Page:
Investigations and Covid-19: employers need a pandemic-proof toolkit

New ways of conducting investigations are being found

Lockdown has presented difficulties for companies involved in internal investigations, dealing with whistleblowers, grievance claims and disciplinary processes. Ivor Adair examines the latest Acas guidance on the subject and explains the key issues and solutions.

Most employers reacted to the Covid-19 crisis by first concentrating their energies on a business survival strategy, closely followed by addressing the implications of cost-saving measures such as furlough. Employers are now turning their attention to the host of novel HR issues that are coming over the horizon.

One of the more challenging issues is dealing with internal investigations, and grievance and disciplinary processes in the context of the pandemic. New Acas guidance confirms that its code of practice on disciplinary and grievance procedures still applies and that any disciplinary or grievance procedure must be carried out in a way that follows public health guidelines regarding social distancing and closure of certain business premises.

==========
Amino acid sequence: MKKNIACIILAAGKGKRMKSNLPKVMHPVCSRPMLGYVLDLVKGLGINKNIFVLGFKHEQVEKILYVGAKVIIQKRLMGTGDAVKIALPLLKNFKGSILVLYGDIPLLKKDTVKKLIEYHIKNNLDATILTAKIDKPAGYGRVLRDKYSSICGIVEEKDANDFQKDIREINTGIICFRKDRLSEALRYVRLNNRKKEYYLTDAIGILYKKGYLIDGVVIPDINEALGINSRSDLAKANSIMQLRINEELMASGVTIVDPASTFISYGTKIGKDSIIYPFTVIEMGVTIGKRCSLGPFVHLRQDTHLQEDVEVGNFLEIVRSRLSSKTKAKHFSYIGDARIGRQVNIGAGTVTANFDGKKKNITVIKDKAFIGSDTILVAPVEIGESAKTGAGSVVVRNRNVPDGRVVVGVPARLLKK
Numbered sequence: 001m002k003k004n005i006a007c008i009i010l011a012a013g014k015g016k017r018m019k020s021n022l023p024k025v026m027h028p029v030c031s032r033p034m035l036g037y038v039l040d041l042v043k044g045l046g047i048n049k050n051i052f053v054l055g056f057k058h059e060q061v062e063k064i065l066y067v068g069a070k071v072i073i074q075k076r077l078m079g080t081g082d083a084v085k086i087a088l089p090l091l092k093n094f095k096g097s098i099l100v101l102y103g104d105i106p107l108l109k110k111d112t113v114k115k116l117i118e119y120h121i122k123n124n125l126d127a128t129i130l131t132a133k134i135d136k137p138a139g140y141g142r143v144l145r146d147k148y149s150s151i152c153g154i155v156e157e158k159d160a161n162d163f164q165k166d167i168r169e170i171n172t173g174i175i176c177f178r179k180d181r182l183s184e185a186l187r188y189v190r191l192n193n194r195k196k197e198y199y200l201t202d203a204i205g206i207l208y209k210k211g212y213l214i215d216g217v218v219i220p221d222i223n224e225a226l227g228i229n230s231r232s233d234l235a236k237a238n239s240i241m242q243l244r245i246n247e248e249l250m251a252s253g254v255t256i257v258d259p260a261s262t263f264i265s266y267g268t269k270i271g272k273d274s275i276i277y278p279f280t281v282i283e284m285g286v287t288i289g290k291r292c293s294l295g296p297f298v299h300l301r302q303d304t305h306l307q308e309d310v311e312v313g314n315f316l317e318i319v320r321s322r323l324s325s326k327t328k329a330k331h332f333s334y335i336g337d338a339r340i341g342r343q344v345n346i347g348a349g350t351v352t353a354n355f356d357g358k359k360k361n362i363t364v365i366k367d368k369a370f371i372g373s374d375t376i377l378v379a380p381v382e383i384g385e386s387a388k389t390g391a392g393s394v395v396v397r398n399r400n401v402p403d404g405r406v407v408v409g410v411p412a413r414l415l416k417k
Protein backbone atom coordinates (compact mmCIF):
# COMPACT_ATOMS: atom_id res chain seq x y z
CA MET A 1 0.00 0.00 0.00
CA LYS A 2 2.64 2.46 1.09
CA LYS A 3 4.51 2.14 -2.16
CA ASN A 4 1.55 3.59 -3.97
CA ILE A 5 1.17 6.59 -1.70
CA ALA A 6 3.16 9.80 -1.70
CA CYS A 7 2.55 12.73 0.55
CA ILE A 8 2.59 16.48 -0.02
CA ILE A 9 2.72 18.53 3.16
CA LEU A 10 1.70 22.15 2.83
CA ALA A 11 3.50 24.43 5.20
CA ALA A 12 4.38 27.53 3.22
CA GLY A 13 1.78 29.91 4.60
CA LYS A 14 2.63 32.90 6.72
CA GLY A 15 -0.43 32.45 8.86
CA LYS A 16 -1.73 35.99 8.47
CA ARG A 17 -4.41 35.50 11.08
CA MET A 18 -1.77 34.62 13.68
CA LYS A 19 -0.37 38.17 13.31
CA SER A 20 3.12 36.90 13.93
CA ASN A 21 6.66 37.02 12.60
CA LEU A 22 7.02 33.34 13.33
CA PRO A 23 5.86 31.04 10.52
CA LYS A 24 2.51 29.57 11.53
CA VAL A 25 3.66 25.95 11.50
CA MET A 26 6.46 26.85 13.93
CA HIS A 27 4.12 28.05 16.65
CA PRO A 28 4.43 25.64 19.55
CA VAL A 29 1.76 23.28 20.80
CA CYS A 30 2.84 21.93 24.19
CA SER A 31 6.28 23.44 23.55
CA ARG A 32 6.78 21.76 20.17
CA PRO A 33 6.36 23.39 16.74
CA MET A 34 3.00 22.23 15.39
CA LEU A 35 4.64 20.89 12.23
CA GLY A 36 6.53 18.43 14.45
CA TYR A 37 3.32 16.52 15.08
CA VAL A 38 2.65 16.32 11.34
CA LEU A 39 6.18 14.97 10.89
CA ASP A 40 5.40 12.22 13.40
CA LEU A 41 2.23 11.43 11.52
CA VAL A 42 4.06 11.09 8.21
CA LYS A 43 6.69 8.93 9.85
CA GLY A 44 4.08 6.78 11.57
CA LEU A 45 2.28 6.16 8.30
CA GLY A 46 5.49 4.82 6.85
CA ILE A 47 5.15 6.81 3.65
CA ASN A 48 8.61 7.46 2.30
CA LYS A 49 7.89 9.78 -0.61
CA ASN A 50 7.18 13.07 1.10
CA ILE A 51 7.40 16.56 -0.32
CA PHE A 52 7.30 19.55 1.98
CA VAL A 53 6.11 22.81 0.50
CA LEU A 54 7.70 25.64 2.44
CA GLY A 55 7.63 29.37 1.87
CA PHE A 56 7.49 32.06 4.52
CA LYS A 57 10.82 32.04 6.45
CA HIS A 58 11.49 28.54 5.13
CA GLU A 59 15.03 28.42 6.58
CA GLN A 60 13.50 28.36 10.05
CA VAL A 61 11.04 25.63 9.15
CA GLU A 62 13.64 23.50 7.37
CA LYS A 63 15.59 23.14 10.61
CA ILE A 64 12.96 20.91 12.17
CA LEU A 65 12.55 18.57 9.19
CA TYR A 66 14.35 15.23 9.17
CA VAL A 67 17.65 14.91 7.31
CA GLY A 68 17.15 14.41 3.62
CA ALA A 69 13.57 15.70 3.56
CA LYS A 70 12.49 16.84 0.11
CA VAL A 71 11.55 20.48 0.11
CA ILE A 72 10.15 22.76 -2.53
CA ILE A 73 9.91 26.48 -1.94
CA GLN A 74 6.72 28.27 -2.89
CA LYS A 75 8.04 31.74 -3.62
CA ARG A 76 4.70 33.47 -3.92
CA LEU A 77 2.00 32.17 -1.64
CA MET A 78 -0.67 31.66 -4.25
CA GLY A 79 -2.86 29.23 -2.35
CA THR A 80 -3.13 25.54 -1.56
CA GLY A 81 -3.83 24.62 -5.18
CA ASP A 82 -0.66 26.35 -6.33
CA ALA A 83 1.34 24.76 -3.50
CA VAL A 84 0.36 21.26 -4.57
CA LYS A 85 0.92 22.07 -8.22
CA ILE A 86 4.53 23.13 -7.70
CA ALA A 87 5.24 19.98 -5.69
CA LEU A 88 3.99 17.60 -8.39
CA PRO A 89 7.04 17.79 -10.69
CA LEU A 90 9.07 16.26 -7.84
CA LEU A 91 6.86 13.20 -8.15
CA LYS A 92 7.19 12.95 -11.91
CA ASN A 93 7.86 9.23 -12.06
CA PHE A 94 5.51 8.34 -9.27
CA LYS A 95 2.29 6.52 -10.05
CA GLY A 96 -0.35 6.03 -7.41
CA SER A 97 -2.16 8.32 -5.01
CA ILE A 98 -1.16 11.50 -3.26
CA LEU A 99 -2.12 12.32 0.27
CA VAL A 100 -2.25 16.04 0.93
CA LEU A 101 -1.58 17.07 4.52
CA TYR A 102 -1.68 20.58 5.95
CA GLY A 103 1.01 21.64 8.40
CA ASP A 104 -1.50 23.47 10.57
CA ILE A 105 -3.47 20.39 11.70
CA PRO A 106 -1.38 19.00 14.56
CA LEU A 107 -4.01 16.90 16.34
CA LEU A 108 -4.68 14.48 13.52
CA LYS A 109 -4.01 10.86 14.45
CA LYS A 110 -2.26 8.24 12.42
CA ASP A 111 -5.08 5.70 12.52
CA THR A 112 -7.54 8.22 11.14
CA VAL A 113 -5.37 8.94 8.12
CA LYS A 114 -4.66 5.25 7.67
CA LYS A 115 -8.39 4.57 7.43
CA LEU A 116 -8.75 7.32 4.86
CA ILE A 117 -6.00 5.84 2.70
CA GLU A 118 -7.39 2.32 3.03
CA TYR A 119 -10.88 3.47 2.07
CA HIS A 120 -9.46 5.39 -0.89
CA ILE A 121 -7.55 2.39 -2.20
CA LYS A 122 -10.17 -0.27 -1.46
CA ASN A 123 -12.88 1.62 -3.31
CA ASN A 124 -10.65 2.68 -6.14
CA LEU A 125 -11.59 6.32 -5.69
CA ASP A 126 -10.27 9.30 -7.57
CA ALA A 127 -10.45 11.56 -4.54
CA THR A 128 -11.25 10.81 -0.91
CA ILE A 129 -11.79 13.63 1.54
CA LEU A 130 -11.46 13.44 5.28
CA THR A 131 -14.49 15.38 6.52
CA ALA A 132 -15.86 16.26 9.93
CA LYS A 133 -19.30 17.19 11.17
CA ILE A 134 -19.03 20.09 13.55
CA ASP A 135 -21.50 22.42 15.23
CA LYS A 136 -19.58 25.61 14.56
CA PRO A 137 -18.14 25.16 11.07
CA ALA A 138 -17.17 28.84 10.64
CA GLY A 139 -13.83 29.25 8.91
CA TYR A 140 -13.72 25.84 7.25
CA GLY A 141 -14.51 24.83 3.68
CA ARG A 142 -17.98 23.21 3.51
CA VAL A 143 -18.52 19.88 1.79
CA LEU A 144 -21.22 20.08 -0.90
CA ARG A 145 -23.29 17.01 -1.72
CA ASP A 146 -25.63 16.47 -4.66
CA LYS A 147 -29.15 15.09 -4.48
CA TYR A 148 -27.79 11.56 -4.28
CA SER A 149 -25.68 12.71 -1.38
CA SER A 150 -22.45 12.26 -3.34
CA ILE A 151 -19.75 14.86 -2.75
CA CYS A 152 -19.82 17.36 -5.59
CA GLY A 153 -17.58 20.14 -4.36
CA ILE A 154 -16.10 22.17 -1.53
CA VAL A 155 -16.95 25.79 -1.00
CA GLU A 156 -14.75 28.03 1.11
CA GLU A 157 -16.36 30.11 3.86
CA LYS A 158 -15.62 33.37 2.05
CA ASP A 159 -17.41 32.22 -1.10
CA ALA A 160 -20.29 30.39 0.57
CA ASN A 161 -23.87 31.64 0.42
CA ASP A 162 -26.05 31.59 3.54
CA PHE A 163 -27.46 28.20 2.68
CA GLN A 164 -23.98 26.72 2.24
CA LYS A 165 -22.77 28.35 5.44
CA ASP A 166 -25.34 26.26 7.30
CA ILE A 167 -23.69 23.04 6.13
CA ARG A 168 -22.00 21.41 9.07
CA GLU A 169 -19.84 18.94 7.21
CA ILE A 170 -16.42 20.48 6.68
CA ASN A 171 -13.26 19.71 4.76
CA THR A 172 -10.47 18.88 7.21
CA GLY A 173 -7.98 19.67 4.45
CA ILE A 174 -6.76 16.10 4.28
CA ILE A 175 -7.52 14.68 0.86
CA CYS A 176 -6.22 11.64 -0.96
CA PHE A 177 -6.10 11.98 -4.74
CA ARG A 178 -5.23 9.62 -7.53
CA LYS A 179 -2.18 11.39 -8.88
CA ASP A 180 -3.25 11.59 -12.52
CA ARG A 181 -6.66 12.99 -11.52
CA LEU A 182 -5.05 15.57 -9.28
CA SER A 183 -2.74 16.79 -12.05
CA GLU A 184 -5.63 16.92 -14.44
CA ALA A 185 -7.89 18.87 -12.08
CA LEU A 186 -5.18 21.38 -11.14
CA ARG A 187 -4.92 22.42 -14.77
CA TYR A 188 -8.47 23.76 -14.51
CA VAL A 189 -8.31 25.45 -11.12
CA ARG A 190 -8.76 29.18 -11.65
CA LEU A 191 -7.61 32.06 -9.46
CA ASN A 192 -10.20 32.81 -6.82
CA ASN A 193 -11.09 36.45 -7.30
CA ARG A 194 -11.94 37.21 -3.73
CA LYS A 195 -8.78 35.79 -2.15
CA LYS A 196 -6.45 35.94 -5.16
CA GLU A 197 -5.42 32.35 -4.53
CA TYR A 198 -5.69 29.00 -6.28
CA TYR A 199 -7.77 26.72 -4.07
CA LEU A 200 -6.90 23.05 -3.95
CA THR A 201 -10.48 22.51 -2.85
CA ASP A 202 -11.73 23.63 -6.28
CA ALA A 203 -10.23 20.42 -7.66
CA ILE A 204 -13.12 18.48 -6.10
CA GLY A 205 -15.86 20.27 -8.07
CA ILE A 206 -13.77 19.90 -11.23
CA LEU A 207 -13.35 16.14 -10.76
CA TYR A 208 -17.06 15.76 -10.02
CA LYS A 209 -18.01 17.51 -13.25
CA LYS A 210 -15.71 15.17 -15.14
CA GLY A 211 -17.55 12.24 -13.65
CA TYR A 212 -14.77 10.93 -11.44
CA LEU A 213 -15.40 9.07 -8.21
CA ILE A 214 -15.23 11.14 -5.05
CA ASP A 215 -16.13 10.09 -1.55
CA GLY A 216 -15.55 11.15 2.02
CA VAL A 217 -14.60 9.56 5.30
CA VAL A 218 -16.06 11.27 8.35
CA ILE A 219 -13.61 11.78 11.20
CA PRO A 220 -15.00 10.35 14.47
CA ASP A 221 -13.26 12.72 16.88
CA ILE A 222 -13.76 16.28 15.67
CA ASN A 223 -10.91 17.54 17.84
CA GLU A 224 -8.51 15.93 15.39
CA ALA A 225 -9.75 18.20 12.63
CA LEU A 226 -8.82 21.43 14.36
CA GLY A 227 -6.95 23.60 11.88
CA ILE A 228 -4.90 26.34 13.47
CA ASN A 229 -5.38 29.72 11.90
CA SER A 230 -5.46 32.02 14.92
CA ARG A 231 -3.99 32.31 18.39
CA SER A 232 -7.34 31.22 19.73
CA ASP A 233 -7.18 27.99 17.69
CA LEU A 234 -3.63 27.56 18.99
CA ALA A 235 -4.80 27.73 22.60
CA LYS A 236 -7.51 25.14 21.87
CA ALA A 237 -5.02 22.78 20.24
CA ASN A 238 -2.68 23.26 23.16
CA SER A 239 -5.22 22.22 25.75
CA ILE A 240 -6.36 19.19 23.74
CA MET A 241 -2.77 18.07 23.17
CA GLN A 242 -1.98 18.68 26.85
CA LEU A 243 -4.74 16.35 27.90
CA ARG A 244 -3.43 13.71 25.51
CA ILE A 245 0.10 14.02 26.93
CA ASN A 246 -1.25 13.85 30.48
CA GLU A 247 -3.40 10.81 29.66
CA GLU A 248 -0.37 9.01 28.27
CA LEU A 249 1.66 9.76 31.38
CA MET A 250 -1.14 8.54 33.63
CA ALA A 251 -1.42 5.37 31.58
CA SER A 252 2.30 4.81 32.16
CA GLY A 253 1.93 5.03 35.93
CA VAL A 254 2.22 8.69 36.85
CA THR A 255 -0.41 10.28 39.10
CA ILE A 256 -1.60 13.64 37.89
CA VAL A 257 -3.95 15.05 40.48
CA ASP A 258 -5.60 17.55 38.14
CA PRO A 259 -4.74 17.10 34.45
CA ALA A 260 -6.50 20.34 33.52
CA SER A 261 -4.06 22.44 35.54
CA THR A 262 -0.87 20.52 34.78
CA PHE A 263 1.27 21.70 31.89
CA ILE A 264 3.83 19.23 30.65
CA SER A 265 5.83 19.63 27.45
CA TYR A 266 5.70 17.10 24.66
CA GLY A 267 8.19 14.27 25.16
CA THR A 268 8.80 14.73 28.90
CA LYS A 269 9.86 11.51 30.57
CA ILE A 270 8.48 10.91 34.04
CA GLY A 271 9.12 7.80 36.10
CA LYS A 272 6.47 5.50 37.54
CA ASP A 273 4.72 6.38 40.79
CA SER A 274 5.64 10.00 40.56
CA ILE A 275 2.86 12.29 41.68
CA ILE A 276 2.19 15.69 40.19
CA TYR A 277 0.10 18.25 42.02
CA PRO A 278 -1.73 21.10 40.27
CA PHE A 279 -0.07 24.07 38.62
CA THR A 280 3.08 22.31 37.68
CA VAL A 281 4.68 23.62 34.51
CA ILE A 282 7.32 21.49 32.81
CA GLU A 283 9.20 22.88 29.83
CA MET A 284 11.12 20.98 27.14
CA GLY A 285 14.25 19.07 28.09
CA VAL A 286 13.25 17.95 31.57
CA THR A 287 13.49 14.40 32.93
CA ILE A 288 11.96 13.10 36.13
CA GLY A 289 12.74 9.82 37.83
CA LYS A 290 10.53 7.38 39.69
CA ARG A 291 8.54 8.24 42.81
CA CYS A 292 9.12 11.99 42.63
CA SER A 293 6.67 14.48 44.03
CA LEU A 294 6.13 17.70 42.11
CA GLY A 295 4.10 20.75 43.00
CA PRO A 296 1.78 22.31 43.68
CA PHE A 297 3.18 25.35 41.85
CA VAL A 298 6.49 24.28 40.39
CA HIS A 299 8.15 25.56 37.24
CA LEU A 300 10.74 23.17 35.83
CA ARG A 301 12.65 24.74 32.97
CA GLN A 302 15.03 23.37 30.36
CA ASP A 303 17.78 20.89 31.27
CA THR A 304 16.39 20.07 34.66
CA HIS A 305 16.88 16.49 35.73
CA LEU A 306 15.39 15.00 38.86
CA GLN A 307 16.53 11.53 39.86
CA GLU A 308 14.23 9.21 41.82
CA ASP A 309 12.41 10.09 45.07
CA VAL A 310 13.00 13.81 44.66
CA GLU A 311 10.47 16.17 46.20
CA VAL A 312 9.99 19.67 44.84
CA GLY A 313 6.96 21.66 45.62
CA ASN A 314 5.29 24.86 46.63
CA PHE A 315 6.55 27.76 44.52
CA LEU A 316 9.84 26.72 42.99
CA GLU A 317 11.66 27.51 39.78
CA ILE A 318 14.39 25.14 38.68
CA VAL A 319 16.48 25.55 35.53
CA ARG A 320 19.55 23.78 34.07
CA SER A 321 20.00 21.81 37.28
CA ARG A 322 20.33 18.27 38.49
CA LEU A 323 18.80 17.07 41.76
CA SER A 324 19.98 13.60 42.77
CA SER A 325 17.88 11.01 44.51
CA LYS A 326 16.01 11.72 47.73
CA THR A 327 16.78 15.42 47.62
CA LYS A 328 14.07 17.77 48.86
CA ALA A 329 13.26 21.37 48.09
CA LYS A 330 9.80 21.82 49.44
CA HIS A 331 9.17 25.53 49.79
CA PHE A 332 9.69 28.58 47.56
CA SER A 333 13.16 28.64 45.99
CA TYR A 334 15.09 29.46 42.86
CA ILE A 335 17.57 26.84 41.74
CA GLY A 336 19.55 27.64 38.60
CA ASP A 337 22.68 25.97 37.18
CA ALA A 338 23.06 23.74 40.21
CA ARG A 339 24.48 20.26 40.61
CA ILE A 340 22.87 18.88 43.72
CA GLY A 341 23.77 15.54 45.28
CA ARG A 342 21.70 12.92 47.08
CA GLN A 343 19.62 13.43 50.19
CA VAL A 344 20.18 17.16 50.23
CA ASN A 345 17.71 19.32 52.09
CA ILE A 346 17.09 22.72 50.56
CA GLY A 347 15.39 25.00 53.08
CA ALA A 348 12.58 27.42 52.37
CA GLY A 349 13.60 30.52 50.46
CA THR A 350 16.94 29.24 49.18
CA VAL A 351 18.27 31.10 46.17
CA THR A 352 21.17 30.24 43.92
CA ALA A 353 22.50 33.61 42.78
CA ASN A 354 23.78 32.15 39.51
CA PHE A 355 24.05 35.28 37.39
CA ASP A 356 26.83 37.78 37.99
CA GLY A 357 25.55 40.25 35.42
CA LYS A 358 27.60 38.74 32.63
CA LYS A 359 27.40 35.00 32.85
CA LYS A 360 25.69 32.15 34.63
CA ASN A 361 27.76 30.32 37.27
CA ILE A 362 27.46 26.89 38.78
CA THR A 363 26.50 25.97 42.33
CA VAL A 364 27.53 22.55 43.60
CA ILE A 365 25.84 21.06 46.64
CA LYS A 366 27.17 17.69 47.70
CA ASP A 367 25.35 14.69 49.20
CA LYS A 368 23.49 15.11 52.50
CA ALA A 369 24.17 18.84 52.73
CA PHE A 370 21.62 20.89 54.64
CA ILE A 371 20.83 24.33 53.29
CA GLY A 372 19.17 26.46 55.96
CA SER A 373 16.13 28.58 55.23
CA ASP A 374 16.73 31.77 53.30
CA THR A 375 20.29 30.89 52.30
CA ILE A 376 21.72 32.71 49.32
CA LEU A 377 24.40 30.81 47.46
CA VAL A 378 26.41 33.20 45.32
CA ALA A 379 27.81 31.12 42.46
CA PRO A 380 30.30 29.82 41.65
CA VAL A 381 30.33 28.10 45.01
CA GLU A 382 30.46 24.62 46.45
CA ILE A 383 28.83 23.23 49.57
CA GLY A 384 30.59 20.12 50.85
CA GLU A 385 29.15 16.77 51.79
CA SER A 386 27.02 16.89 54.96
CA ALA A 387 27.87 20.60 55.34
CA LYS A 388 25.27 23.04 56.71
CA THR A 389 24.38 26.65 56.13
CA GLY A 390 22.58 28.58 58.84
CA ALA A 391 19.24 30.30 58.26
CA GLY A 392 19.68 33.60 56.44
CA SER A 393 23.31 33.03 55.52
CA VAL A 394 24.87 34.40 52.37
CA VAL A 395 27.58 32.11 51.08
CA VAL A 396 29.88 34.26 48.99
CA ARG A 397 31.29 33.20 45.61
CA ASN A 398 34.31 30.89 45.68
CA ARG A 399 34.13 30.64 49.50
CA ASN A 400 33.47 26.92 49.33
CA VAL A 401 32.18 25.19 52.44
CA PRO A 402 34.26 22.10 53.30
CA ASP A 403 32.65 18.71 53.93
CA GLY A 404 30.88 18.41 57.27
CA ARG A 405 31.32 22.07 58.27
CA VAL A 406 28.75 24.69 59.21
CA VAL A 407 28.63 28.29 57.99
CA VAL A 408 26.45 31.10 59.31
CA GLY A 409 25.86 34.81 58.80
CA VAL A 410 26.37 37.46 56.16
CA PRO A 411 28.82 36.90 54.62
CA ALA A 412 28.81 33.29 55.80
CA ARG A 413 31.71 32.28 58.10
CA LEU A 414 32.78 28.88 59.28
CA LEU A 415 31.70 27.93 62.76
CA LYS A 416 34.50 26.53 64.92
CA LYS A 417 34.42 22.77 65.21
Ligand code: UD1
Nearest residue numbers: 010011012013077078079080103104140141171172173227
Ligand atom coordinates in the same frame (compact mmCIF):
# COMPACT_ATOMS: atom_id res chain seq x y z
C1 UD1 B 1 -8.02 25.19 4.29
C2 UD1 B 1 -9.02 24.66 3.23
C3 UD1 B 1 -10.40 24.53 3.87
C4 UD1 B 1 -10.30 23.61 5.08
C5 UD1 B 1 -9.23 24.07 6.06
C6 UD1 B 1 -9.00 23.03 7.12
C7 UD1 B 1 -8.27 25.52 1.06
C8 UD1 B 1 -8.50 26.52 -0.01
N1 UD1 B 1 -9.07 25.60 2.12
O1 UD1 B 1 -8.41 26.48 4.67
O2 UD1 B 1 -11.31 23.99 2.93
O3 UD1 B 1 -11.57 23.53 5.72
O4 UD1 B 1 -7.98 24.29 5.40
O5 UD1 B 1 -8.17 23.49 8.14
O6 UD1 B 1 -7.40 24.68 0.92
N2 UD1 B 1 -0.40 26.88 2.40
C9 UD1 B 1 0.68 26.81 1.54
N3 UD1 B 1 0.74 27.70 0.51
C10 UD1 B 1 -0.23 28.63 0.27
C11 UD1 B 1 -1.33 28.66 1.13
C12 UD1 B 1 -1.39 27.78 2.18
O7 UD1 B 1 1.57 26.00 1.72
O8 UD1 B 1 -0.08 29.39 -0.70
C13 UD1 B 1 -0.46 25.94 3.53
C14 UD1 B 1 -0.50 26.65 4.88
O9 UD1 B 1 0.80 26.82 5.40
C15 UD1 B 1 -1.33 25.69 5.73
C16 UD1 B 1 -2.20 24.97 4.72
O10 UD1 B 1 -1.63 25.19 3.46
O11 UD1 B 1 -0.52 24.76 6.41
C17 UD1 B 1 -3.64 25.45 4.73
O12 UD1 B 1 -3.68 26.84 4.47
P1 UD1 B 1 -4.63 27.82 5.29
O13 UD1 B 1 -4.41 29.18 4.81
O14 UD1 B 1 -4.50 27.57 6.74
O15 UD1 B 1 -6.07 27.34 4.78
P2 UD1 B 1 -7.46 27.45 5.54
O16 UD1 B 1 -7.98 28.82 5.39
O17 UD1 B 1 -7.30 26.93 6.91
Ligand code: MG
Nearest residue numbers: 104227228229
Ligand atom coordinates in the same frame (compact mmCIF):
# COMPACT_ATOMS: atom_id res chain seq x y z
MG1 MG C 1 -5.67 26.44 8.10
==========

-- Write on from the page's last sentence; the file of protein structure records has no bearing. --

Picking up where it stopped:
Delay may not be the answer

The Acas code requires employers to avoid “unreasonable delay”. With social distancing measures likely to continue for a substantial period, delaying processes might create rather than alleviate problems. The consequence of an unreasonable failure to follow the code can be up to a 25% uplift on an employment tribunal award. At the extreme end, wholly unreasonable delay could result in a constructive dismissal, or provoke counter allegations and increase the likelihood of victimisation claims.

Some individuals, particularly those facing career-ending allegations, may not welcome delay, while others may prefer the traditional route when people are able to return to the workplace. The new Acas guidance notes employers should consider if anyone involved has a reasonable objection to the procedure going ahead at this time. The guidance also provides that employers should explain the decision to go ahead, or postpone, to those involved.

Suspension risks